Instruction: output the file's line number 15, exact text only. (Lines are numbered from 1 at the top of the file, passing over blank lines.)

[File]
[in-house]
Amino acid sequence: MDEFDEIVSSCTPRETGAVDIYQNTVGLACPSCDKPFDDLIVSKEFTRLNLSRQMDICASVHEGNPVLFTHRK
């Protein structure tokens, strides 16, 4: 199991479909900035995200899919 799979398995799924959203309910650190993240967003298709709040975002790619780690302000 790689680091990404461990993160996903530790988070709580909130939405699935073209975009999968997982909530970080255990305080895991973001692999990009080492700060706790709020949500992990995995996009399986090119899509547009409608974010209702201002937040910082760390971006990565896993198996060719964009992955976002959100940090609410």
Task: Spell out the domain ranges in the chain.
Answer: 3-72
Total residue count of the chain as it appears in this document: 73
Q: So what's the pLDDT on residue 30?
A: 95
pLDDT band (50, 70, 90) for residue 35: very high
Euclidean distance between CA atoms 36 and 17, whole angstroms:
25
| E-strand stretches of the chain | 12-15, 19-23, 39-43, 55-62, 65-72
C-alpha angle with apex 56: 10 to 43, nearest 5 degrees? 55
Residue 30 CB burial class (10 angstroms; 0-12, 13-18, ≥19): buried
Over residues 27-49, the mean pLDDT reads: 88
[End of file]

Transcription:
Over residues 27-49, the mean pLDDT reads: 88